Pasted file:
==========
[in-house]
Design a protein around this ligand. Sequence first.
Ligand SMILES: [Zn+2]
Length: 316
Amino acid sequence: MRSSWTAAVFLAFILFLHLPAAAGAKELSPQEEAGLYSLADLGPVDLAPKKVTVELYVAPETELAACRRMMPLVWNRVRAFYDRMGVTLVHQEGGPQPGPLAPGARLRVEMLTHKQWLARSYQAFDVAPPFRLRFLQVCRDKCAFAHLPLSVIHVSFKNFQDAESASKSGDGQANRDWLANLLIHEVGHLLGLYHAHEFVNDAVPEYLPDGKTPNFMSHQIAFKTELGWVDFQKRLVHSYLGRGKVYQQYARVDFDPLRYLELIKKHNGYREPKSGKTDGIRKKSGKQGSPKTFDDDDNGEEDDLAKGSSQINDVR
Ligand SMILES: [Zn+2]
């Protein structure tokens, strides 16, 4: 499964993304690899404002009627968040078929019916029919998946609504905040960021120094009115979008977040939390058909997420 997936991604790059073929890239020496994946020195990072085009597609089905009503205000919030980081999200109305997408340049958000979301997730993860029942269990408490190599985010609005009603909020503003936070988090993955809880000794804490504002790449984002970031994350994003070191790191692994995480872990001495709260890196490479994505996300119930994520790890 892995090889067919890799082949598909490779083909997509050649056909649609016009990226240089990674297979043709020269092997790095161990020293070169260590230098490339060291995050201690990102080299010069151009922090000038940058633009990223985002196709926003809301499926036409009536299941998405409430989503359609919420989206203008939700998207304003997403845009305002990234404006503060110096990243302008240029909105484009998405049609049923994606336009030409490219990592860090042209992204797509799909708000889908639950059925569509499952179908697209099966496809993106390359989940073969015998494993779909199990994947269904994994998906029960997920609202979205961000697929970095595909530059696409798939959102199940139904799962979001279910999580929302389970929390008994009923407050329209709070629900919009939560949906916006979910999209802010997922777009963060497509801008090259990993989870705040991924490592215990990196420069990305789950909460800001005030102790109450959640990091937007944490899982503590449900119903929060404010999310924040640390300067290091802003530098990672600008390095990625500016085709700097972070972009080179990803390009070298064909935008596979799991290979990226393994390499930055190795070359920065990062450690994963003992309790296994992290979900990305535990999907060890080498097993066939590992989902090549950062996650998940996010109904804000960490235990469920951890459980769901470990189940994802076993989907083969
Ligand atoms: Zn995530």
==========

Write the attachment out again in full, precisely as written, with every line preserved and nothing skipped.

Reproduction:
[in-house]
Design a protein around this ligand. Sequence first.
Ligand SMILES: [Zn+2]
Length: 316
Amino acid sequence: MRSSWTAAVFLAFILFLHLPAAAGAKELSPQEEAGLYSLADLGPVDLAPKKVTVELYVAPETELAACRRMMPLVWNRVRAFYDRMGVTLVHQEGGPQPGPLAPGARLRVEMLTHKQWLARSYQAFDVAPPFRLRFLQVCRDKCAFAHLPLSVIHVSFKNFQDAESASKSGDGQANRDWLANLLIHEVGHLLGLYHAHEFVNDAVPEYLPDGKTPNFMSHQIAFKTELGWVDFQKRLVHSYLGRGKVYQQYARVDFDPLRYLELIKKHNGYREPKSGKTDGIRKKSGKQGSPKTFDDDDNGEEDDLAKGSSQINDVR
Ligand SMILES: [Zn+2]
């Protein structure tokens, strides 16, 4: 499964993304690899404002009627968040078929019916029919998946609504905040960021120094009115979008977040939390058909997420 997936991604790059073929890239020496994946020195990072085009597609089905009503205000919030980081999200109305997408340049958000979301997730993860029942269990408490190599985010609005009603909020503003936070988090993955809880000794804490504002790449984002970031994350994003070191790191692994995480872990001495709260890196490479994505996300119930994520790890 892995090889067919890799082949598909490779083909997509050649056909649609016009990226240089990674297979043709020269092997790095161990020293070169260590230098490339060291995050201690990102080299010069151009922090000038940058633009990223985002196709926003809301499926036409009536299941998405409430989503359609919420989206203008939700998207304003997403845009305002990234404006503060110096990243302008240029909105484009998405049609049923994606336009030409490219990592860090042209992204797509799909708000889908639950059925569509499952179908697209099966496809993106390359989940073969015998494993779909199990994947269904994994998906029960997920609202979205961000697929970095595909530059696409798939959102199940139904799962979001279910999580929302389970929390008994009923407050329209709070629900919009939560949906916006979910999209802010997922777009963060497509801008090259990993989870705040991924490592215990990196420069990305789950909460800001005030102790109450959640990091937007944490899982503590449900119903929060404010999310924040640390300067290091802003530098990672600008390095990625500016085709700097972070972009080179990803390009070298064909935008596979799991290979990226393994390499930055190795070359920065990062450690994963003992309790296994992290979900990305535990999907060890080498097993066939590992989902090549950062996650998940996010109904804000960490235990469920951890459980769901470990189940994802076993989907083969
Ligand atoms: Zn995530």